Despite being a fairly decent collaboration tool, Google Wave suffered due its ‘perceived complexity’ hopefully Buzz will sidestep that problem. Buzz is a very ambitious project by Google. While it does seem to have all the raw materials(borrowed and not) that could go into making a great social tool, whether it delivers as a finished product, that can challenge Facebook, remains to be seen. comScore could give us the answer in a few months.

During a very interesting Q&A session (courtesy TechCrunch) when asked about a Facebook Connect, the response from Sergey Brin was -- ‘Nothing to announce at this time – but we’ll think about it’

Google is still in the process of rolling Buzz out in phases to Gmail users. So if you don’t see it yet. Patience!

Five Core Features

Google hopes that instead of conversing on Facebook, Twitter, or MySpace, you'll instead turn to Google Buzz for sharing status updates, photos, and videos. How will the search giant convince you to make Google Buzz your social network of choice? Here are four key features revealed today.

1. Blends With Gmail
The main way of accessing Google Buzz will be through Gmail. Below your inbox, there will be a tab for Buzz, allowing you to read status updates, photos, and video. The 40 people you converse with the most in Gmail and Gchat are automatically added as friends. Buzz updates also appear in your inbox if someone comments on your updates or comments, or someone directs a Buzz to your attention by using the familiar "@" symbol.

2. "Page Rank" for Status Updates
Google brought up that familiar criticism of social networks, that no one cares if you ate a bagel or stubbed your toe. To compensate for noise, Google Buzz lets you like and dislike status updates, and learn over time whether to show or collapse status updates from your friends. It also looks for conversations outside your direct group of followers and adds them to your feed as recommendations.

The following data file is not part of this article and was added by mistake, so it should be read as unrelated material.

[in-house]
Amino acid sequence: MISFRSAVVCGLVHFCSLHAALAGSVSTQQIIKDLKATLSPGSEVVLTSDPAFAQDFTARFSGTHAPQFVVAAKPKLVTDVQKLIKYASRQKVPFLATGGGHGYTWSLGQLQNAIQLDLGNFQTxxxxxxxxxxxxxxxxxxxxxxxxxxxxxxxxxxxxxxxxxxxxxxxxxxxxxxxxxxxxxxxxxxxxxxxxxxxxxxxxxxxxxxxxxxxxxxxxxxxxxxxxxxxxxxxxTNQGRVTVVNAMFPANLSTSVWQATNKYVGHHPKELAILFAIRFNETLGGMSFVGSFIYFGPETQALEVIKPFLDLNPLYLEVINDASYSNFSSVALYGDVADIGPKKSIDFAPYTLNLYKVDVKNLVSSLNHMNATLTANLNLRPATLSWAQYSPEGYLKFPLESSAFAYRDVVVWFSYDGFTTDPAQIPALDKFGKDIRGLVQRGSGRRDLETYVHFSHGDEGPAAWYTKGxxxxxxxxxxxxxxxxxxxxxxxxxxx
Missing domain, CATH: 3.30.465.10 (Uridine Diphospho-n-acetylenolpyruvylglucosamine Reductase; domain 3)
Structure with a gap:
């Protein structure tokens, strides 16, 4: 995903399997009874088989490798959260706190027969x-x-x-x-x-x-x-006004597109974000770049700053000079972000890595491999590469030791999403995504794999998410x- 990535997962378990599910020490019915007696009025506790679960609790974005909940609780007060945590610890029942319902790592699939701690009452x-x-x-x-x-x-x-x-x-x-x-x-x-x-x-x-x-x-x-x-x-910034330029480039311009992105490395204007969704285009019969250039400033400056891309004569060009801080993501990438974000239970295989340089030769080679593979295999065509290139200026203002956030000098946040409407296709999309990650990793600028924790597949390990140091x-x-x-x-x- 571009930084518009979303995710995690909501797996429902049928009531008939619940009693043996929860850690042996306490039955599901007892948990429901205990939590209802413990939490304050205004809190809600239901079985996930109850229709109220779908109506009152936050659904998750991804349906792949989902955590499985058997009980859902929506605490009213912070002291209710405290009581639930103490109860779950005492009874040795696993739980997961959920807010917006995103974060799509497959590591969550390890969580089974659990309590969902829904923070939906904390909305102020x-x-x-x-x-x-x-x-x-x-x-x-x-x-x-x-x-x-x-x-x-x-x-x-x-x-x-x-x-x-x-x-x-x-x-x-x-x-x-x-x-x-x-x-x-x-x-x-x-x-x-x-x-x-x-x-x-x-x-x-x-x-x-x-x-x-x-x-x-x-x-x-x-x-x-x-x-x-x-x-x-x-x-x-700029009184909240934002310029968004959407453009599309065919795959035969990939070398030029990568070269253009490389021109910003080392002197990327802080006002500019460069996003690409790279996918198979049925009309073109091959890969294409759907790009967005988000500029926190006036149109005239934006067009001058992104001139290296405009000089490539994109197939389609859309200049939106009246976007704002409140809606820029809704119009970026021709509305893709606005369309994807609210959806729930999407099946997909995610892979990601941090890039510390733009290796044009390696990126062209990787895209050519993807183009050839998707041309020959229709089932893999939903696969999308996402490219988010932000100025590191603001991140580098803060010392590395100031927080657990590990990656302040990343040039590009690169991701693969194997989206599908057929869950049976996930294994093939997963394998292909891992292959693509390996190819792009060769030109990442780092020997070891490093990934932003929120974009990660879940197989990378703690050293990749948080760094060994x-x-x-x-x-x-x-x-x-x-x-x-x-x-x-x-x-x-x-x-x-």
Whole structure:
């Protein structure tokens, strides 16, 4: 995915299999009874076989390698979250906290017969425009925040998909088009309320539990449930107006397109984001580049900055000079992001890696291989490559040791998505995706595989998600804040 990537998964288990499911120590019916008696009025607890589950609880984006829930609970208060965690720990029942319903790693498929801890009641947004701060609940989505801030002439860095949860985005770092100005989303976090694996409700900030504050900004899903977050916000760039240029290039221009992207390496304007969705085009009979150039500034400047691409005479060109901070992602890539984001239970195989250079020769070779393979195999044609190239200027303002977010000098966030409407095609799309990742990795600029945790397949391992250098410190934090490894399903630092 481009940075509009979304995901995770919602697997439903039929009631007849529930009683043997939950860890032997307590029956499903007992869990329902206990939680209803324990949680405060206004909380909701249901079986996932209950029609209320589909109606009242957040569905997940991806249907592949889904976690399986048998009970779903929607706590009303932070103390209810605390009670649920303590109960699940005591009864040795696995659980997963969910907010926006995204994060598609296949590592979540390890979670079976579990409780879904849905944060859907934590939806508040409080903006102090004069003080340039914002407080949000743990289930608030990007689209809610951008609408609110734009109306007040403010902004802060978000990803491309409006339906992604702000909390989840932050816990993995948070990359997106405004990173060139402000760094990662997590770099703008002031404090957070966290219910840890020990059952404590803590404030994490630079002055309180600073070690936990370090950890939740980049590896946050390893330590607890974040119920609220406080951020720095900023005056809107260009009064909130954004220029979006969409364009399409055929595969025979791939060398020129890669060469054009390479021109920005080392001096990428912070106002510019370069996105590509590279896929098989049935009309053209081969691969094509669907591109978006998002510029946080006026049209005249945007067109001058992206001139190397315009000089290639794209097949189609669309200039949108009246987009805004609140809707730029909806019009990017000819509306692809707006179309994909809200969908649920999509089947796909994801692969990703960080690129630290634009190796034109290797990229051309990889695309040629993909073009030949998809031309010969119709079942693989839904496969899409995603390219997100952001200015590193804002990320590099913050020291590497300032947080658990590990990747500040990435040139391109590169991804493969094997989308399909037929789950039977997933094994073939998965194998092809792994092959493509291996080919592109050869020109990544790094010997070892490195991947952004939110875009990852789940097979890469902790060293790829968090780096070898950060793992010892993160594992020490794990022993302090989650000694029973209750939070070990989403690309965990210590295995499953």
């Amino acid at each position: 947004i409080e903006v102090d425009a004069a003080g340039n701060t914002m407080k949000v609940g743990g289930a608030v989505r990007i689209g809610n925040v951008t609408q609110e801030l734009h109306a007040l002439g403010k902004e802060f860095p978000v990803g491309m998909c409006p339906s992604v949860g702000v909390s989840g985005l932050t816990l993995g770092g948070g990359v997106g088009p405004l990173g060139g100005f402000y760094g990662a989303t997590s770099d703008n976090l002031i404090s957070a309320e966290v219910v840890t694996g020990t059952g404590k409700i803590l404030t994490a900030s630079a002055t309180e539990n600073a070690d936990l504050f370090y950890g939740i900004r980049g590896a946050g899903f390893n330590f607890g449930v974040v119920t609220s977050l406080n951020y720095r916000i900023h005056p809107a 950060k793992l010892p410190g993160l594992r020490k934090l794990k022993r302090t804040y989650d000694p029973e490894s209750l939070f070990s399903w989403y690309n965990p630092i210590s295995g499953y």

3. Media Gets Pulled In
Photos from Flickr and Picasa and video from YouTube appear as thumbnails in Google Buzz. Click a YouTube thumbnail, and the video will expand to play inline. Click on a photo, and it'll expand to fill most of the browser window, with the rest of the gallery in a narrow strip along the bottom of the screen.

If you post a link in Buzz, you'll automatically be able to append images and the headline from that Web page. Finally, you can pull in tweets from Twitter (but no Facebook updates) into Buzz. Unfortunately, you can't send your Buzz updates out to Twitter or other social networks.

4. Mobile Features
Google Buzz will be available as a mobile Web app, letting you dictate status updates by voice and geotag your posts. When looking on Google Mobile Maps, Buzz updates appear directly on the map, so you can read location-based updates. You can also look for any recent Buzz updates posted near your current location.

5. Private and Public
With each update you send, you'll have a choice of making it private or public. Private updates can go to all of your Buzz followers, or just a select group. Public updates are posted on your Google Profile page and are immediately indexed for Google Search.